Over the last several years, mobile mapping with an integrated LiDAR system has been quickly gaining ground as an accepted data collection method for transportation corridor projects. Major infrastructure planning and design firms as well as state transportation departments have touted benefits such as faster deliverables with increased data density and reduced risk with associated reductions in insurance costs. Mobile mapping appears to be well on its way to replacing other surveying technologies used in roadway design projects.
Such a blend often includes mobile LiDAR, terrestrial scanning, aerial photogrammetry and more traditional total station and GPS methods. Increasingly, it also includes stop-and-go scanning using a terrestrial laser scanner installed in a vehicle-based lift system, such as the TopoLIFT from Certainty3D. Securely fastened to a screw gear mechanism in a pickup truck-based bridge cradle, the scanner is automatically raised and lowered at each stop through computer-based controls in the truck cab to provide increased scanning efficiency and a safer operating environment compared to terrestrial scanning.
The crew is often able to move from setup to setup in less than 15 minutes--a significant reduction from the 90 minutes required with its previous terrestrial scanner. And if new scans are needed because of external factors such as vibration from a passing vehicle (which is also less likely to occur because of the increased stability of the system), the scans can be completed in just four minutes. “It’s an incredible productivity tool,” Kucza says.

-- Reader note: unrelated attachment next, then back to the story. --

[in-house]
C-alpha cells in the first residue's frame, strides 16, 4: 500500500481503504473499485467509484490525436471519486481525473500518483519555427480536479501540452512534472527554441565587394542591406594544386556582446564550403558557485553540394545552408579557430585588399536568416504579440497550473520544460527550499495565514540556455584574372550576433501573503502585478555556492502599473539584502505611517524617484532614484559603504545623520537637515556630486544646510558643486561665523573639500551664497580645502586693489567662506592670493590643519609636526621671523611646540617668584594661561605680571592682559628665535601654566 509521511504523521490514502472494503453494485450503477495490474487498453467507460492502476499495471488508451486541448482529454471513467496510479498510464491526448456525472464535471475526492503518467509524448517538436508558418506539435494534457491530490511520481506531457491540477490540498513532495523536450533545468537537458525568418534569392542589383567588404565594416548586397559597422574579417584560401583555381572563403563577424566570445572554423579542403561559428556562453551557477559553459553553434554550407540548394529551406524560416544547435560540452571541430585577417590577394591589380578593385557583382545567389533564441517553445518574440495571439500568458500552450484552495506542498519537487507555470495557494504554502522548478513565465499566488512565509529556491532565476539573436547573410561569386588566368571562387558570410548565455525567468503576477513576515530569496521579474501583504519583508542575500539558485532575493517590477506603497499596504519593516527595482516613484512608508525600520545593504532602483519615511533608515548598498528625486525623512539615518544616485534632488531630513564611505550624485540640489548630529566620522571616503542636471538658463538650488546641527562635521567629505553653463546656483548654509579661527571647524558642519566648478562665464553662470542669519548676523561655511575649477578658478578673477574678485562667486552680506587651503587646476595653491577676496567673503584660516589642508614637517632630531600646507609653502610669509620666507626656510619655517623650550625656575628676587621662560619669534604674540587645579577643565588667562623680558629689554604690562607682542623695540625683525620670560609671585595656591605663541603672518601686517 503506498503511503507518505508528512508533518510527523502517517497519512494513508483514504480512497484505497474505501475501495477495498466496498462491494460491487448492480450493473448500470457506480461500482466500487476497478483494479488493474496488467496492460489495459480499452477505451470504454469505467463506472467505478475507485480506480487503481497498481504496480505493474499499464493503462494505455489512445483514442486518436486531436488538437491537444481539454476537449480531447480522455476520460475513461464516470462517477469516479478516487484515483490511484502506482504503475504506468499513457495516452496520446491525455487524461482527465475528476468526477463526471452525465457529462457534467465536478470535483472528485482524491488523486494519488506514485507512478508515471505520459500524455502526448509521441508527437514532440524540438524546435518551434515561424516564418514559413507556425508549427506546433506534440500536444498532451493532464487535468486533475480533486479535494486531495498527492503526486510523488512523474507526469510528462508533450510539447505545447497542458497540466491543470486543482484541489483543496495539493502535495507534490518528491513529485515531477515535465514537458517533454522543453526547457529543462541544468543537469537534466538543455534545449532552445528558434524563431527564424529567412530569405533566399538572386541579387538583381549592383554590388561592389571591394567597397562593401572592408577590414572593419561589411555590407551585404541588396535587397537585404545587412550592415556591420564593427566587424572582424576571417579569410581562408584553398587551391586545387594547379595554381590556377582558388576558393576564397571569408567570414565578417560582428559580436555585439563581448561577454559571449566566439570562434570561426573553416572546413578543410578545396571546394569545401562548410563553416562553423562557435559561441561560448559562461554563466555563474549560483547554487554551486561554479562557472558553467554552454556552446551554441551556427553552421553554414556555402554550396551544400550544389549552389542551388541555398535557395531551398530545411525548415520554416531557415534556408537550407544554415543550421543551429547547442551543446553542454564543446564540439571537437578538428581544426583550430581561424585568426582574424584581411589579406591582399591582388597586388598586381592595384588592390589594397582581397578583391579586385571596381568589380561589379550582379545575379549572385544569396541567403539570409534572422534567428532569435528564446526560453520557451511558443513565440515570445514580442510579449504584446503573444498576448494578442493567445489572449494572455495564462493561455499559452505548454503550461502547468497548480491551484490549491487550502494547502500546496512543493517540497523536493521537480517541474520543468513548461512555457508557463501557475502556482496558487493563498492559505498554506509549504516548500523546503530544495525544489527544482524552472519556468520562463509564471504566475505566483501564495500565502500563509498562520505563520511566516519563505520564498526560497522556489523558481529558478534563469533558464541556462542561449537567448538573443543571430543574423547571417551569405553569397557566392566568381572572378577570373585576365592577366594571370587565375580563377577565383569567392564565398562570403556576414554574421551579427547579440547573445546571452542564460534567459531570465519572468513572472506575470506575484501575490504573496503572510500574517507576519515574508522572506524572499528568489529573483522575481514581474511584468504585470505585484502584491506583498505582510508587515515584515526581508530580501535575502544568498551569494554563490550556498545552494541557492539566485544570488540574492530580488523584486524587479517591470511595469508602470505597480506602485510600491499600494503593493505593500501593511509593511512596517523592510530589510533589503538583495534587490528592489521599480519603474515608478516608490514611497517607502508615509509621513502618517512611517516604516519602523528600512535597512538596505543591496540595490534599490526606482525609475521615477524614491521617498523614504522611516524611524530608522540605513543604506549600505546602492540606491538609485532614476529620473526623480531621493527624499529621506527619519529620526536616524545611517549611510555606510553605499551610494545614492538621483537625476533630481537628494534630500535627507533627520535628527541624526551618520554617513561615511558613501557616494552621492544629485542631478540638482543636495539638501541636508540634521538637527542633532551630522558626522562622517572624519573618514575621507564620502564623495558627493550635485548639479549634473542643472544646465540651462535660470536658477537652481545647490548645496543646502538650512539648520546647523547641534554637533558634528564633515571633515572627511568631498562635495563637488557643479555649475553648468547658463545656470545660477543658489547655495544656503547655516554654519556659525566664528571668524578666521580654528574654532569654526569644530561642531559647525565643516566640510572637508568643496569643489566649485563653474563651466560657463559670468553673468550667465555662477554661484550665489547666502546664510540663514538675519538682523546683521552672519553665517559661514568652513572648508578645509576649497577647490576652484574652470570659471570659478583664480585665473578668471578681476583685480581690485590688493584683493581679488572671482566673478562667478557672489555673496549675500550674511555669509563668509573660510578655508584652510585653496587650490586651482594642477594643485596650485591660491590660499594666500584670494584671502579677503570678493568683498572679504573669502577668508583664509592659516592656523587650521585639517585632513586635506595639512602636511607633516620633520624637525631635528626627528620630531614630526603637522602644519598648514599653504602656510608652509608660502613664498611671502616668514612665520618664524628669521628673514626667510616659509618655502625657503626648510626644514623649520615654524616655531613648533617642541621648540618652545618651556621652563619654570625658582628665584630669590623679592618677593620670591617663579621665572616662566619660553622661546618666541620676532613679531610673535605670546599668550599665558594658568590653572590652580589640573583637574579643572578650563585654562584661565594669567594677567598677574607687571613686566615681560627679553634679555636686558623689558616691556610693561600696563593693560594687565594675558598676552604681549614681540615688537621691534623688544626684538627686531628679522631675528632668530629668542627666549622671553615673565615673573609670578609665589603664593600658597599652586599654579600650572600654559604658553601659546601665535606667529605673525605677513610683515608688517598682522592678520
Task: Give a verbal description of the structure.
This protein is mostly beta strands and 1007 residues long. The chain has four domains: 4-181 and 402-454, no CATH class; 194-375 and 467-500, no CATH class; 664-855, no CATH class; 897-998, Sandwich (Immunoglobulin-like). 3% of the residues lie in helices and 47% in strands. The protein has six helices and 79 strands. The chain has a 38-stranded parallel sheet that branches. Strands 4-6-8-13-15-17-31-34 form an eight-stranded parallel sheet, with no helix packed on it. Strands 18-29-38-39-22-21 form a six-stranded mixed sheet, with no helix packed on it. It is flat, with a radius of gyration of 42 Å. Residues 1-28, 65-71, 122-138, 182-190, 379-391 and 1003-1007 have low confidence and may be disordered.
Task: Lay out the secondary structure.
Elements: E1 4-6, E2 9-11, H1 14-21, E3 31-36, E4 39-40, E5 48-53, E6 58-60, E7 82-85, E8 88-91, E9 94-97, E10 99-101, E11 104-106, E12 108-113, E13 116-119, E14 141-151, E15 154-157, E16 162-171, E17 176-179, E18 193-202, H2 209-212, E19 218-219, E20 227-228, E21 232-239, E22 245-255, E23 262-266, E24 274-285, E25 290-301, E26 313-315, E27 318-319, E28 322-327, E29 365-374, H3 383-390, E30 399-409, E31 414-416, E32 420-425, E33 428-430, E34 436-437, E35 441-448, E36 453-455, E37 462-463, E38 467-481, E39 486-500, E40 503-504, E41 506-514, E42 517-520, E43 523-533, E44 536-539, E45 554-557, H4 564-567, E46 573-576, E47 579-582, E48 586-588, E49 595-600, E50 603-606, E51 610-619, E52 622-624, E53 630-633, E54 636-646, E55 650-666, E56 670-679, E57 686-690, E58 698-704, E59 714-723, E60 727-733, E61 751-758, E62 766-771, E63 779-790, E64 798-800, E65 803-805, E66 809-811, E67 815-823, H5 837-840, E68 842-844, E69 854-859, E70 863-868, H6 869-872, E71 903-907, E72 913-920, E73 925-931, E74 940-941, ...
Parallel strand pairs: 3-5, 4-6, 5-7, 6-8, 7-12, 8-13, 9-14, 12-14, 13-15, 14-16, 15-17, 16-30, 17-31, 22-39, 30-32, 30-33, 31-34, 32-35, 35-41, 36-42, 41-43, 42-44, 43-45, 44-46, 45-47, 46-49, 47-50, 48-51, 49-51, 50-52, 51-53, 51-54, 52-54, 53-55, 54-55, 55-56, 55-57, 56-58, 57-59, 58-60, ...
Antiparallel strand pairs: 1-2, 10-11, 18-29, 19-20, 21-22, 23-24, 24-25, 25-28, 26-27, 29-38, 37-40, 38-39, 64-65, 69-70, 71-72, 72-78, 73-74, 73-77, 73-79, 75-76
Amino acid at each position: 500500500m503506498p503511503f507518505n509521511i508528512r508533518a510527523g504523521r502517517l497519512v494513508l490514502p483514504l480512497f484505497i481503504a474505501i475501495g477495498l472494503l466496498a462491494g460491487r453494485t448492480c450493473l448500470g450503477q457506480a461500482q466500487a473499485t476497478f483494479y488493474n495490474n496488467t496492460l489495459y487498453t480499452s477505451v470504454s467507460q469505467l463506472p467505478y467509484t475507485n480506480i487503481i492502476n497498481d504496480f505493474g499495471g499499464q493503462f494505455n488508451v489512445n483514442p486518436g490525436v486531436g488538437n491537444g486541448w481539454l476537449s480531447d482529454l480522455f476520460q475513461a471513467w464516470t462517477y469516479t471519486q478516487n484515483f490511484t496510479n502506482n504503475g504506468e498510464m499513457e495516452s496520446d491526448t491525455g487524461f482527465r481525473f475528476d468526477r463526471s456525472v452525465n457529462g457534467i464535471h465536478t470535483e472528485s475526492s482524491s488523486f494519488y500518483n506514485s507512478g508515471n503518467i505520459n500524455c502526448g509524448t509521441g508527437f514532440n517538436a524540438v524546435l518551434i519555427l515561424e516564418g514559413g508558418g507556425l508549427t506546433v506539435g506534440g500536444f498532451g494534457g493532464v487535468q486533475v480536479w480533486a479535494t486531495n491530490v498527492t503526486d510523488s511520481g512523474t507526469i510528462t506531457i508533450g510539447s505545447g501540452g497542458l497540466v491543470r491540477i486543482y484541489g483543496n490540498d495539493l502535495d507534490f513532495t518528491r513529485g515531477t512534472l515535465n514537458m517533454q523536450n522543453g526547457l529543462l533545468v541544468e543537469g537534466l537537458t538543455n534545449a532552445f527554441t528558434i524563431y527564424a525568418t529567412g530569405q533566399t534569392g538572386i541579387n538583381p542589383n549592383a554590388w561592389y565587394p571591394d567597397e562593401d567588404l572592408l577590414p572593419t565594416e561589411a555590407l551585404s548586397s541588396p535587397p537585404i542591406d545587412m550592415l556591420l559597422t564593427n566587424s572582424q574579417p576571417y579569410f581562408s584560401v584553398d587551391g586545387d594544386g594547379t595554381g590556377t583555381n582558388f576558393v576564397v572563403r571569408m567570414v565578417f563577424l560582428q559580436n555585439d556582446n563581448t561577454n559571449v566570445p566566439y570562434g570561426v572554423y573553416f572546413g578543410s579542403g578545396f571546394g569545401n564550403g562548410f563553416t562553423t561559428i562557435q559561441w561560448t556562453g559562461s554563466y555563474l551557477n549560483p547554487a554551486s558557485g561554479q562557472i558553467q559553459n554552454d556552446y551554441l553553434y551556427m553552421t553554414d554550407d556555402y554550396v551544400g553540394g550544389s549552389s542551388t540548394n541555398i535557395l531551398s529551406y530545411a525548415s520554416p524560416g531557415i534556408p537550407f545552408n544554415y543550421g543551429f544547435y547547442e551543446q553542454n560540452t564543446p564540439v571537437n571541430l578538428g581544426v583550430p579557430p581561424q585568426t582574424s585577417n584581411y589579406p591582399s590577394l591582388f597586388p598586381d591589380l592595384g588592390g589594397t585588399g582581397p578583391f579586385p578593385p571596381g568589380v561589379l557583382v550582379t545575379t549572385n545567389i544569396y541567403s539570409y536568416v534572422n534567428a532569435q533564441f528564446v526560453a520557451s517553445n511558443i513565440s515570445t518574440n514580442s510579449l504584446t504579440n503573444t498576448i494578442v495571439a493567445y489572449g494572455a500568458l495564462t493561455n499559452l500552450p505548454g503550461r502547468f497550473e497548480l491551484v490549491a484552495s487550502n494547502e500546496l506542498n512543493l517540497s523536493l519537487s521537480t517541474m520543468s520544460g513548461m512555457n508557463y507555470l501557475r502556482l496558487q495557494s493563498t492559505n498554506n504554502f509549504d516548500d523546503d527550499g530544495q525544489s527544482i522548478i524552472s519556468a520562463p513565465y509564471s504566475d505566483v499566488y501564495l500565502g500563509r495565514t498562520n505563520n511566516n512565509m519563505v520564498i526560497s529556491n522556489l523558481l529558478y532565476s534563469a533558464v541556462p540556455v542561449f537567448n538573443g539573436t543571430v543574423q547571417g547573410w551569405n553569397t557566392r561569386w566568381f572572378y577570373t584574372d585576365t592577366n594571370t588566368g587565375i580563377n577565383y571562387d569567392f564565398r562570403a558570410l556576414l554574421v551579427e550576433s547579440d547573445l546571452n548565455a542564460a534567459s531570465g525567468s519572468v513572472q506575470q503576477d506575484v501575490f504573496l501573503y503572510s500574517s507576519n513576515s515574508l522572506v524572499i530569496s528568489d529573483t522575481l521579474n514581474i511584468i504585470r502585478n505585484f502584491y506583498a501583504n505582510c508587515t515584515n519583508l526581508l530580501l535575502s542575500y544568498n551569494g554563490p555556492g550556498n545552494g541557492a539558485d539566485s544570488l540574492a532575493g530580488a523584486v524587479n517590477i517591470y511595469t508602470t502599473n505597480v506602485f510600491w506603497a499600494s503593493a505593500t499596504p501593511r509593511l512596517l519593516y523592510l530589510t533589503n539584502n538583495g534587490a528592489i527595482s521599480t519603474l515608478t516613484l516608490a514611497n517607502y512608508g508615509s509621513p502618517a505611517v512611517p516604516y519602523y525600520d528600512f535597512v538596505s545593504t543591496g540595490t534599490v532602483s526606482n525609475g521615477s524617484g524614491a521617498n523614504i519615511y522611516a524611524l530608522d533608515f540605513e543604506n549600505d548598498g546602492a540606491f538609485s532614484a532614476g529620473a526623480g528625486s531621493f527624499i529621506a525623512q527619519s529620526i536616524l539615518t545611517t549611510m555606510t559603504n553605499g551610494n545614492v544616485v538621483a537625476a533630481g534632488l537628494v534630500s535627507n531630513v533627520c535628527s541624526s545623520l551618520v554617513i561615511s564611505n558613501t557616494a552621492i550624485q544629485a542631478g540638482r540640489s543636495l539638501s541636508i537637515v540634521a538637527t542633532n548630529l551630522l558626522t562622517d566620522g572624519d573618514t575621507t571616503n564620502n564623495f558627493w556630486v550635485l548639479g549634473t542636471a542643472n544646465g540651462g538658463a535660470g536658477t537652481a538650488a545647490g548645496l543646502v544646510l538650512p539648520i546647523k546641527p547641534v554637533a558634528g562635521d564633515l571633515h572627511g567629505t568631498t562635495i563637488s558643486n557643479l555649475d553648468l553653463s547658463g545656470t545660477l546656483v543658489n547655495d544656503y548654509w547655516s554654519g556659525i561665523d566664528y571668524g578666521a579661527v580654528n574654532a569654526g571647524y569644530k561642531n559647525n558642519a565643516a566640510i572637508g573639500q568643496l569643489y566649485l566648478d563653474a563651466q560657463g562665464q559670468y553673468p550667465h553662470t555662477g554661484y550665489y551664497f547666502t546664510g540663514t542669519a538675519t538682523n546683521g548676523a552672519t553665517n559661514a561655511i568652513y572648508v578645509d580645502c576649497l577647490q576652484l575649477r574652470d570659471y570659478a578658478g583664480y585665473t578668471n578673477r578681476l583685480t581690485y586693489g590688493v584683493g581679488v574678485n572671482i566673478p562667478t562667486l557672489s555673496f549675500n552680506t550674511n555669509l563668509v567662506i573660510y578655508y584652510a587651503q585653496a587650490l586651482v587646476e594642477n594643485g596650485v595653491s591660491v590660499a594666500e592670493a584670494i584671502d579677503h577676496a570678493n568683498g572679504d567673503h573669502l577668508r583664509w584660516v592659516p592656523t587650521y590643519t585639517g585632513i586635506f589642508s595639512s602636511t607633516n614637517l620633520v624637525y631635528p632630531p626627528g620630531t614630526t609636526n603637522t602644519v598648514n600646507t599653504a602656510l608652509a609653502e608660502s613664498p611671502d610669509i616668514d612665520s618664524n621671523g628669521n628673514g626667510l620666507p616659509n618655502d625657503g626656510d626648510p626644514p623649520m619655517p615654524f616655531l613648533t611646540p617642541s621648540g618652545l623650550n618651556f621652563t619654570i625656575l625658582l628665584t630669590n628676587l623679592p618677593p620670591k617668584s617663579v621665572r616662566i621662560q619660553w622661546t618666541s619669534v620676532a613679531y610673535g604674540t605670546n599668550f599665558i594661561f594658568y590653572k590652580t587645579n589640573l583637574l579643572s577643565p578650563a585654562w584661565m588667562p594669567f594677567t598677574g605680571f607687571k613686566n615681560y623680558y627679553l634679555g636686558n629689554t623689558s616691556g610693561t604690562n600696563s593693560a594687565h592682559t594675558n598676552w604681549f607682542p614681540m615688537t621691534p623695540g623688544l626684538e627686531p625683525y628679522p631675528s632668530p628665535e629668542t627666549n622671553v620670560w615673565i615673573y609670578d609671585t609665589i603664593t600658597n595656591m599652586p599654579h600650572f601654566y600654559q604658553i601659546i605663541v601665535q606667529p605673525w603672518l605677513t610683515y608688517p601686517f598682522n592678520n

Southeastern Surveying & Mapping began investigating the technology after handling several projects with mobile LiDAR. “On a recent urban project less than a mile long, we used stop-and-go scanning with the TopoLIFT,” Krick explains. “The TopoLIFT method provided rapid static scanning with redundant control points combined with on-the-fly scan stitching and inspection. This approach provided a high level of confidence in the data accuracy and coverage before leaving the project site.”
For all three firms, however, it’s not about the technology but rather the overall solution. “The biggest drawback of any scanning technology is the obscured area uncertainty and the questions revolving around how much terrestrial surveying will be required to complete the project,” explains Krick. “A thorough field review is essential and must involve the scanning professional, terrestrial surveyor and design professional to determine the realistic approach for project success.”
As LiDAR technology continues to advance, transportation projects will gain even more benefits. “The DOT survey deliverable in the near future will most certainly change,” Marino says. “LiDAR brings a solution that no conventional means can deliver on currently. The amount of quality data that can be collected and the efficiency with which it can be collected has to change the common deliverable. It will also change the way engineers work with project data. A true 3D design is not very far off.”